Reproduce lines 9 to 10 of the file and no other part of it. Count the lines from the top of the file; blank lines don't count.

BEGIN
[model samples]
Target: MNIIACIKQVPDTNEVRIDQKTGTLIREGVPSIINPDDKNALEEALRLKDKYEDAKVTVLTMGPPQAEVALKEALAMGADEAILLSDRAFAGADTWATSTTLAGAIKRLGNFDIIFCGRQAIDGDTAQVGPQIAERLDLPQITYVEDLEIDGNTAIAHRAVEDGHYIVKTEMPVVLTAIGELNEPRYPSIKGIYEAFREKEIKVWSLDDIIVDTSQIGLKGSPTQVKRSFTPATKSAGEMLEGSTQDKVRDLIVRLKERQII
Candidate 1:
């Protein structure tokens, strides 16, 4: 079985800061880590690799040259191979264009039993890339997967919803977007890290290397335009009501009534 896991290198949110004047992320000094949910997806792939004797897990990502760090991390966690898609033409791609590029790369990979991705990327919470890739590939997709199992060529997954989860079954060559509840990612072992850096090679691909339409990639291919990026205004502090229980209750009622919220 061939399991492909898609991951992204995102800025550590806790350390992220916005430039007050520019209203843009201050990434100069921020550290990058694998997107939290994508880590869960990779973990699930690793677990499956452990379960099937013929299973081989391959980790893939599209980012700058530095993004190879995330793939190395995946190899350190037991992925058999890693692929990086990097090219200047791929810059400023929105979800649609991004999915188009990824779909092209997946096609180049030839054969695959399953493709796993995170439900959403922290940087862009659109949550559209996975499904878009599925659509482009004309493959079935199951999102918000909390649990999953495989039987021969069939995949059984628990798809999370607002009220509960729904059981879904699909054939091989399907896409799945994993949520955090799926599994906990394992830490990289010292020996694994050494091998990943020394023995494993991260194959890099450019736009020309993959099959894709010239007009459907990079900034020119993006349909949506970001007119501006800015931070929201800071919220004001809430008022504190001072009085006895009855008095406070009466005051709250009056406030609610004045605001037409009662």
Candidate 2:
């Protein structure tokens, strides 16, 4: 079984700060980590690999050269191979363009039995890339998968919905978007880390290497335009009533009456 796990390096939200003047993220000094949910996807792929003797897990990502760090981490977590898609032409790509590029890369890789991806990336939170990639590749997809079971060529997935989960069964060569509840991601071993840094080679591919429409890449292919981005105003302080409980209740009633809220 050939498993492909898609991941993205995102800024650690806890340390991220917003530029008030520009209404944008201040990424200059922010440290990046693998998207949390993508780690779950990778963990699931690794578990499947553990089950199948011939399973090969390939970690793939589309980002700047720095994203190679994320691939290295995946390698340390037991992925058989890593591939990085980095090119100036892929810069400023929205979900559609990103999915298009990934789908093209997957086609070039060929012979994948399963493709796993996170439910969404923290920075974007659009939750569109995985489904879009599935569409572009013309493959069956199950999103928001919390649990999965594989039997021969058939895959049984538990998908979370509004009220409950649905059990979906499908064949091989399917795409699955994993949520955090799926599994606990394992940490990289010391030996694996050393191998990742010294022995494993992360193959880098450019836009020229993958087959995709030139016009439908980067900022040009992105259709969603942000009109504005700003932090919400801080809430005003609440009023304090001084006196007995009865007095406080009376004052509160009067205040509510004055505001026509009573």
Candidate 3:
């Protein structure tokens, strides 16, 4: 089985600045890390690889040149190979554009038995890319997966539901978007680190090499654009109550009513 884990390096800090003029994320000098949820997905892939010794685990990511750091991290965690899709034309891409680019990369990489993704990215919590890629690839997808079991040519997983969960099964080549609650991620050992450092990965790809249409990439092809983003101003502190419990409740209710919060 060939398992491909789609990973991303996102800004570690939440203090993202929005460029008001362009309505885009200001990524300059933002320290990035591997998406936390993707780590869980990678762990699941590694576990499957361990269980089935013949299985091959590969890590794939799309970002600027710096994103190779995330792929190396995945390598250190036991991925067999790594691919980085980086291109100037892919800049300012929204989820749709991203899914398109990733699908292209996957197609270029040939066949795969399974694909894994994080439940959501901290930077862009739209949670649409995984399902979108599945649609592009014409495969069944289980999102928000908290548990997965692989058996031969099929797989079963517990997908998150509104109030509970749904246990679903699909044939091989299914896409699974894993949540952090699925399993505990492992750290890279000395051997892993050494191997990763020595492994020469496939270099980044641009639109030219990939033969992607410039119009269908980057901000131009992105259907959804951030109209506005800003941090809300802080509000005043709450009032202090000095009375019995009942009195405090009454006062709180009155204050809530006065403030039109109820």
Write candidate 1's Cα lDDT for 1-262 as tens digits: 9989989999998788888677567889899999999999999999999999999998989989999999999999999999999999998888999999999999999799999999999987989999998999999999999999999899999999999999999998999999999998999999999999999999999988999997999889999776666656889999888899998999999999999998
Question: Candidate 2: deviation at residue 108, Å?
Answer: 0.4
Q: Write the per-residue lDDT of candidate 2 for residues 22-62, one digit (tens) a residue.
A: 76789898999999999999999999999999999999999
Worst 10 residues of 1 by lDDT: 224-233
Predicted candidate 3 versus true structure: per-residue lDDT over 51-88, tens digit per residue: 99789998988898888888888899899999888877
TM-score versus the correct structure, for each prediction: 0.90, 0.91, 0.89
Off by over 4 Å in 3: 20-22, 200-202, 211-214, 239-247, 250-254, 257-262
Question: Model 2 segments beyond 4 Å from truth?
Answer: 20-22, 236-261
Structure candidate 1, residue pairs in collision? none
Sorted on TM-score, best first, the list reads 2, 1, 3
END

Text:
Write candidate 1's Cα lDDT for 1-262 as tens digits: 9989989999998788888677567889899999999999999999999999999998989989999999999999999999999999998888999999999999999799999999999987989999998999999999999999999899999999999999999998999999999998999999999999999999999988999997999889999776666656889999888899998999999999999998
Question: Candidate 2: deviation at residue 108, Å?